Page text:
We've learned that a batted ball loses velocity by
transferring kinetic energy to the air. But the reality of "air drag"
is complicated (they don't call this field of science "fluid dynamics"
because it's simple...).
When a spinning ball moves through the air, resistance is greater on the side where the spin increases the relative motion of ball against the air. This increases drag, deflecting the ball away from that side.
Information from "The Physics of Baseball" (see bibliography).
Thing is, we need variables (changeable factors that
can affect the outcome). Let's ogle some variables that affect the trajectory
of a ball moving through air:
density: Dense fluids absorb more energy. (Why don't they
play baseball under water? Because the game would be even slower....)
By varying altitude in the applet on the previous page, you were actually
varying air density.
Ball density: Baseball
rules allow a bit of variation in ball diameter and mass. A dense ball
(one with smaller diameter and/or greater mass) packs more mass in the
same volume, so it has more momentum at any given velocity. Thus a dense
ball travels further because it loses a smaller proportion of its kinetic
energy to the surrounding fluid. Density also explains why sticks and
stones can break your bones, but Nerf balls can never hurt you.
Ball surface: A rough ball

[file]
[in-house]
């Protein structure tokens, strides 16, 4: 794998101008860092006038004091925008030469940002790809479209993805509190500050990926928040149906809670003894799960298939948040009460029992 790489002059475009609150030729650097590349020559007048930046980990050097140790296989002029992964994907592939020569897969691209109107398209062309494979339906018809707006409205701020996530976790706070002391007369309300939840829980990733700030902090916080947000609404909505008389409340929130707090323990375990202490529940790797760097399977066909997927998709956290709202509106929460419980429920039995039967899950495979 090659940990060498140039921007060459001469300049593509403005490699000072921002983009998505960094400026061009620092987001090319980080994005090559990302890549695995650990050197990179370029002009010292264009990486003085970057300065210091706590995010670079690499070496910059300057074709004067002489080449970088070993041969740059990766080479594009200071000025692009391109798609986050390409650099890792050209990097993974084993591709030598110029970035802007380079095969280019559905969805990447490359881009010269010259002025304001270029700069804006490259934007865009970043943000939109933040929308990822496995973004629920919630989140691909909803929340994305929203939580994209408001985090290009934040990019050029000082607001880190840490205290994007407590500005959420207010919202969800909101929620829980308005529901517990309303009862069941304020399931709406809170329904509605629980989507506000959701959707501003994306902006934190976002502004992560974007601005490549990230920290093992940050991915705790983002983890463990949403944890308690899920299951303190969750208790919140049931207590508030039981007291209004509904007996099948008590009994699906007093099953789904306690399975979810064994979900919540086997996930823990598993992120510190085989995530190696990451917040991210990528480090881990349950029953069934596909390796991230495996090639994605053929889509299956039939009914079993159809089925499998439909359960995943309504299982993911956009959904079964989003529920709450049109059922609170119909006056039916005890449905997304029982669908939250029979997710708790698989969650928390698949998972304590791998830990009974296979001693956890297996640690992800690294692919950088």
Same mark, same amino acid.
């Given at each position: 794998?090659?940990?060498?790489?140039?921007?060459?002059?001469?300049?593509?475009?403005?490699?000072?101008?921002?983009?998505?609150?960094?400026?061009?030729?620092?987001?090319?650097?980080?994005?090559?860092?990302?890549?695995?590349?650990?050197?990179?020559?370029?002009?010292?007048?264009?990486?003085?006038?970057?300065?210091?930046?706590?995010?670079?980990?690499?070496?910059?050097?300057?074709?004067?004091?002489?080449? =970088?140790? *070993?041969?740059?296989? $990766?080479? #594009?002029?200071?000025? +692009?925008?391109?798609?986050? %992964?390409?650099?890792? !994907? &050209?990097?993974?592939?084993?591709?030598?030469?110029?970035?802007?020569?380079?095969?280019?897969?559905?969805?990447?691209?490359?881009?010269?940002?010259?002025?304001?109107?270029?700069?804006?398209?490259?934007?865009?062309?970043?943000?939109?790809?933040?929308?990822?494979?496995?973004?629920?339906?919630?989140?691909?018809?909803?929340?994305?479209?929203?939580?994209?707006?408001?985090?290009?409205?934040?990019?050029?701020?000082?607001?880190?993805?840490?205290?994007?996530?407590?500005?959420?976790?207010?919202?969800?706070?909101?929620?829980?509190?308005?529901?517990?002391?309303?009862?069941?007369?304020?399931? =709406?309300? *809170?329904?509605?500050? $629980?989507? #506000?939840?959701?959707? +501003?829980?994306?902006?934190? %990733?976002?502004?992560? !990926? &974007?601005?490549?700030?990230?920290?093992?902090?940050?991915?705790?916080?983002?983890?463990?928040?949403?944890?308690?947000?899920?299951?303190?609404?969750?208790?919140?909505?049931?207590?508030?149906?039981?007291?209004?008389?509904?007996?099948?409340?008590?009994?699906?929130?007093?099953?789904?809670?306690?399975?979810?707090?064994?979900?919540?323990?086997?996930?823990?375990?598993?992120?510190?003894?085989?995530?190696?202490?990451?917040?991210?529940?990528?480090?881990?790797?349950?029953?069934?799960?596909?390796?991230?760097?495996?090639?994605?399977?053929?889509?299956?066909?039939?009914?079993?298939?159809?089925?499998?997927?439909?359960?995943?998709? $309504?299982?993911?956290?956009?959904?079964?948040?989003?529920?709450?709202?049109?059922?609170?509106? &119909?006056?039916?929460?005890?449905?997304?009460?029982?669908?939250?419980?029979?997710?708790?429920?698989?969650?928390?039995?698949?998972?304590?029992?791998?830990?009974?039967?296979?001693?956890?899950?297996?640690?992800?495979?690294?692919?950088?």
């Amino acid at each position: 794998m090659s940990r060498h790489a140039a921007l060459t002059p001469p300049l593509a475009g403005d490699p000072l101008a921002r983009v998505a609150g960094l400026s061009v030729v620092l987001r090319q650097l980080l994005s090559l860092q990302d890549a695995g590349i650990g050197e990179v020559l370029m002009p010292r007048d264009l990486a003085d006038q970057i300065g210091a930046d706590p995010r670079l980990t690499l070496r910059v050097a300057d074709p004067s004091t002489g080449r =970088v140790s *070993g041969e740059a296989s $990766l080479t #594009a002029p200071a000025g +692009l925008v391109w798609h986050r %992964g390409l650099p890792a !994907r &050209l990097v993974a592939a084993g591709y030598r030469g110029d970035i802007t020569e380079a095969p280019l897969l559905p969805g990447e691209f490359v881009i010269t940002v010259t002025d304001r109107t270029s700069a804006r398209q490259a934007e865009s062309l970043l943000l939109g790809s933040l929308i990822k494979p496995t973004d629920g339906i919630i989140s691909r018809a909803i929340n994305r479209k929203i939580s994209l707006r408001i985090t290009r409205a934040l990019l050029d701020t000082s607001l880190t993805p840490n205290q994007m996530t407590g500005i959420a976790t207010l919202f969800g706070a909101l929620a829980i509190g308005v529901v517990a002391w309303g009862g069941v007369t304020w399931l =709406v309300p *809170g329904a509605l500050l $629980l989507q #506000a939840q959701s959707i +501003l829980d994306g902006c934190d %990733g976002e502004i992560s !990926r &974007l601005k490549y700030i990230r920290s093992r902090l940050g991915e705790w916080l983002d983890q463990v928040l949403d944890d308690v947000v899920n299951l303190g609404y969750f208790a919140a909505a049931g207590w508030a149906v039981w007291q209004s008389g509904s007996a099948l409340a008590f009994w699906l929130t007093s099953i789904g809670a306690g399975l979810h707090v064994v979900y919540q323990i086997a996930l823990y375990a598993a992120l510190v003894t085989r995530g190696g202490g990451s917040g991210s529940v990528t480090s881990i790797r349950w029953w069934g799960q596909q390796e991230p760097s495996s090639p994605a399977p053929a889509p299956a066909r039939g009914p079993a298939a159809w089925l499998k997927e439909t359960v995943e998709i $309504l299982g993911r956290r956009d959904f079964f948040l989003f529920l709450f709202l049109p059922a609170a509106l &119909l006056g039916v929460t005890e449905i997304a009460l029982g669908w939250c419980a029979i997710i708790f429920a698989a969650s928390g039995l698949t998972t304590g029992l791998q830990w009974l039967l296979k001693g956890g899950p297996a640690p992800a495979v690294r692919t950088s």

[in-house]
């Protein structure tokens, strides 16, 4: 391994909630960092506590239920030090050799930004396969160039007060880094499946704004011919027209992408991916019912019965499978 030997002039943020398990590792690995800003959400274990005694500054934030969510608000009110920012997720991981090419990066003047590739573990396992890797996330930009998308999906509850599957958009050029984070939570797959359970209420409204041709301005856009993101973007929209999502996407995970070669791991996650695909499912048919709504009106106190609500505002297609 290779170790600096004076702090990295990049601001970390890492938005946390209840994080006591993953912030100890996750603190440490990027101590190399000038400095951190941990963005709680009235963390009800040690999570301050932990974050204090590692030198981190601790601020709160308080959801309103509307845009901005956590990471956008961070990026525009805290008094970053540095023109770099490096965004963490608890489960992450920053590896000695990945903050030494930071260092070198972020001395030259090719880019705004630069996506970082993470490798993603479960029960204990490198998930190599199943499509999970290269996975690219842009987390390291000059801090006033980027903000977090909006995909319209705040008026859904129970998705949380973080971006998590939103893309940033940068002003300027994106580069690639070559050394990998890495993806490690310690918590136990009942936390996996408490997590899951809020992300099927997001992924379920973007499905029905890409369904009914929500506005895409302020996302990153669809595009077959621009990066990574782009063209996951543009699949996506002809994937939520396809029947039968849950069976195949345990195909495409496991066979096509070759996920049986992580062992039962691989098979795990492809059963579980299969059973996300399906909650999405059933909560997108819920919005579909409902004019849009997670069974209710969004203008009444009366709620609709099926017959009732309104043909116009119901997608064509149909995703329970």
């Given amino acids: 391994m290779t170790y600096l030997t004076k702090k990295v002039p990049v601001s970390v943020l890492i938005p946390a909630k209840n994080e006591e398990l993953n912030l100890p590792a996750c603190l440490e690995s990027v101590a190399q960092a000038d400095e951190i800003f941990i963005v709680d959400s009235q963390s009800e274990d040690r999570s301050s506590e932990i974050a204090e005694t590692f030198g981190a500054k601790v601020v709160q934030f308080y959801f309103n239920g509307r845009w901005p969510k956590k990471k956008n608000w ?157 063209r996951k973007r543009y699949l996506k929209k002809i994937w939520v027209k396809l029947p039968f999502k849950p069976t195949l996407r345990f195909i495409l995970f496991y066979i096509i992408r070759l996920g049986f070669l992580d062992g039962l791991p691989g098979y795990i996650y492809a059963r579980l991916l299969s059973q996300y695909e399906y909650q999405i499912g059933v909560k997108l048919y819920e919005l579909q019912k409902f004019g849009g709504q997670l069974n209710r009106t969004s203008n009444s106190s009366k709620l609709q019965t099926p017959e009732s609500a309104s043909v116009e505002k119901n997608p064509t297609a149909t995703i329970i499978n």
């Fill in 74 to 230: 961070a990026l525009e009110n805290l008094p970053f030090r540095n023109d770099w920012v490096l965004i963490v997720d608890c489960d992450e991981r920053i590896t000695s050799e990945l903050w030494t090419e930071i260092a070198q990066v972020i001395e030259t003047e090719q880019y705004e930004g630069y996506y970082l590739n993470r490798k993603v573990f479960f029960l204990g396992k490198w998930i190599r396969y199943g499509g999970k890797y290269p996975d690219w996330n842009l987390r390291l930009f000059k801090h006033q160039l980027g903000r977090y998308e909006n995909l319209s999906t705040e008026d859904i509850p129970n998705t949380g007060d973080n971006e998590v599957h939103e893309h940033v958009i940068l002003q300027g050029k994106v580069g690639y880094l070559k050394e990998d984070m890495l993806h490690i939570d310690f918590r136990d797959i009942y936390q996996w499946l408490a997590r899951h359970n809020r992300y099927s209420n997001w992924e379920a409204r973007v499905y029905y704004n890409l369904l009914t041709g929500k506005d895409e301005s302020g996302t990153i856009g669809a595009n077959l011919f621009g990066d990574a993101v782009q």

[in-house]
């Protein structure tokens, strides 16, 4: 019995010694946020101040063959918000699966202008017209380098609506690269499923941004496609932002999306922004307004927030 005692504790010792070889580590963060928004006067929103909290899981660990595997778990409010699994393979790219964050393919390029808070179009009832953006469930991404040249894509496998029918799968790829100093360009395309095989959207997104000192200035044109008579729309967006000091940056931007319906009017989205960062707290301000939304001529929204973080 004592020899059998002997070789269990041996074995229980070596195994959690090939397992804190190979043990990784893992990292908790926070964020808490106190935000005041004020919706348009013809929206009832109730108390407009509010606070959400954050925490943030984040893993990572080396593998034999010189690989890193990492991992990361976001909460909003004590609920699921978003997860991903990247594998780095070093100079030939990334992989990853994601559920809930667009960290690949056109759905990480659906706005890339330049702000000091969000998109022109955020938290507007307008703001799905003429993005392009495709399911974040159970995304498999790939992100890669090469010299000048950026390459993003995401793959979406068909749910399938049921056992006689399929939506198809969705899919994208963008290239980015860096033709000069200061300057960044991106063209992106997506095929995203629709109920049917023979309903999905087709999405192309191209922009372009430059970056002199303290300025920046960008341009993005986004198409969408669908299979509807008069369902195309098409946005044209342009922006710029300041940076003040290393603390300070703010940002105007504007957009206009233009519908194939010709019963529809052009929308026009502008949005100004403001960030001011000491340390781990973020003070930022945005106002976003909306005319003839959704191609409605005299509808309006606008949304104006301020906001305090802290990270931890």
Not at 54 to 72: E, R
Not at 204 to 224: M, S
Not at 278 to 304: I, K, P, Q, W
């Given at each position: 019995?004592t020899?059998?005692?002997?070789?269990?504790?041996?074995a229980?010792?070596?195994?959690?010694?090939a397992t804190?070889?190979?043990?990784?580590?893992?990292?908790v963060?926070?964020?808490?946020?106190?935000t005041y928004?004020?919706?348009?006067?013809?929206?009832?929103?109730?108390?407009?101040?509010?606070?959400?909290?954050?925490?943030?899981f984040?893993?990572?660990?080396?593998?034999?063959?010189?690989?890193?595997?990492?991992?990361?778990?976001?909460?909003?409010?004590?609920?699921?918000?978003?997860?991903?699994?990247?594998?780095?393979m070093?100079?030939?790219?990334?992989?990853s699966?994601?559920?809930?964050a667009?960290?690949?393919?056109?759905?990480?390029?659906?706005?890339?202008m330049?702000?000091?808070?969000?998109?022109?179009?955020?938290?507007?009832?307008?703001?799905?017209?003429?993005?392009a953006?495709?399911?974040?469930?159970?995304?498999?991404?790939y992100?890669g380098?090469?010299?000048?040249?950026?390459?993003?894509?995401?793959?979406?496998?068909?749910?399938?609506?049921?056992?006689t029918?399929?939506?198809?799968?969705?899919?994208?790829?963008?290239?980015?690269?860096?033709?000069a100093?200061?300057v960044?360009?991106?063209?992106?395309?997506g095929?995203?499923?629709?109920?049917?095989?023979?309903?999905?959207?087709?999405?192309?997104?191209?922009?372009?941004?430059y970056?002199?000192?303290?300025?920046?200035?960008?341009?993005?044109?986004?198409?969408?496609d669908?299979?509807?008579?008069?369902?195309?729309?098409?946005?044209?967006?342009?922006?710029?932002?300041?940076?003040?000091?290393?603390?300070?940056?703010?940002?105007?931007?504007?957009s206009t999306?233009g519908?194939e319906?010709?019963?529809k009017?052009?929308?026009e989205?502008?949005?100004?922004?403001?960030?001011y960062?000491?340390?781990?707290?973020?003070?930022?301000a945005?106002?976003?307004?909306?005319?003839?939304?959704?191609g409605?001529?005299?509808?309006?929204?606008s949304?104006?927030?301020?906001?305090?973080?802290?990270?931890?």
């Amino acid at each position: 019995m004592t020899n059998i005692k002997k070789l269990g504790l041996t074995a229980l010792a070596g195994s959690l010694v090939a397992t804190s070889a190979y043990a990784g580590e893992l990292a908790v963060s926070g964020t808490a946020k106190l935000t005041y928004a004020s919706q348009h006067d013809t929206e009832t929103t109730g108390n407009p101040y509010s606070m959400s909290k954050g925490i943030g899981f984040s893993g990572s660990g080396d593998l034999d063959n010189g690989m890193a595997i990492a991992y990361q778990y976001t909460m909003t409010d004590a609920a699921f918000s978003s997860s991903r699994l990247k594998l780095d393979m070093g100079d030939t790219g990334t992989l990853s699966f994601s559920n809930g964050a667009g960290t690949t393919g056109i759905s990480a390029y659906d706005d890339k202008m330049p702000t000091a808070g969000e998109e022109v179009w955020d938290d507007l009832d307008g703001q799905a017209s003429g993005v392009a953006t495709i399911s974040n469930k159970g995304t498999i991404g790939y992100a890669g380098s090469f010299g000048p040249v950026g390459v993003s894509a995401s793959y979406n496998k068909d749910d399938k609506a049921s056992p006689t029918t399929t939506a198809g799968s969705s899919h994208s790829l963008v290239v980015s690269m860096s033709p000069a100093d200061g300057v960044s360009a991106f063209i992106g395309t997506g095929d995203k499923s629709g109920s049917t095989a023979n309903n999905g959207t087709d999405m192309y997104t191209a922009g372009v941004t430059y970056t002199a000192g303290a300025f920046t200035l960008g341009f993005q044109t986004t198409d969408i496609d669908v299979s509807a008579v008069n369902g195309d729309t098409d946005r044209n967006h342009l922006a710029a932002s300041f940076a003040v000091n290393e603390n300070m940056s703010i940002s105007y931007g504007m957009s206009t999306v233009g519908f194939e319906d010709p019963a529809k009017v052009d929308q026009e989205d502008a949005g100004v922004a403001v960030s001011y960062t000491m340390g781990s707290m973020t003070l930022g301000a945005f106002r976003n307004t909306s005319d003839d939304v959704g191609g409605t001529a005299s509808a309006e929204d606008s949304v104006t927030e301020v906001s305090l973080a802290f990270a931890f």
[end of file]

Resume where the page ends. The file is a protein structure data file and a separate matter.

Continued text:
will travel further than smooth one. Huh? Roughness -- whether from
stitching or abrasion -- creates a layer of turbulent air that greatly
reduces drag. A smooth golf ball would fly only about half as far as
the normal variety, whose dimples create turbulence and reduce drag.
Now that we've (heh, heh) gotten our feet wet in fluid
dynamics, how does a curve ball curve? Look again at those stitches on
the ball. They don't just hold the thing together. They also roughen it,
disturbing the "boundary layer" that forms around the moving ball. Curve
balls -- and other fancy pitches, like knuckleballs -- all depend on the
influence of stitches on air.
In 1959, former director of the National Institute of Standards and Technology Lyman Briggs used a wind tunnel to settle a long dispute over how much a baseball could curve during the 18 meter (60 foot) throw to home plate. He found that spin, not speed, determined the amount of curve.
Resistance is a force on a moving object that causes
it to slow down. The force of resistance, or drag, is proportional to
velocity -- faster objects experience more drag, all other things being
equal (which, the cynics might add, is seldom true in fluid dynamics).
Now consider a pitched ball rotating about a vertical
axis and approaching the plate. Due to the rotation, one side is moving
considerably faster through the air than the other side. The air will
exert a greater force on that side, pushing the ball away from it -- toward
the side with the slower relative motion.
The result is a curve ball. It's easier to draw
than to explain, which is why we drew it above. That's amazing, but does
a curve actually "break" (curve faster) near the plate? Yes. Every second
it's in the air, the ball deflects sideways at about the same rate. As
a result, it moves on a circular trajectory when seen from above. And
that means that most of that curving seems to happen at the end of the
pitch -- perfect for confusing batters.
One last thing before we swerve away from curve
balls. Because the drag force subsides above 70 miles per hour, fast balls
make lousy curve balls. Moreover, because a fastball gets to the plate
quicker, the drag force has less time to act on the ball, further reducing
Forget the pitcher. Will the game be rained out?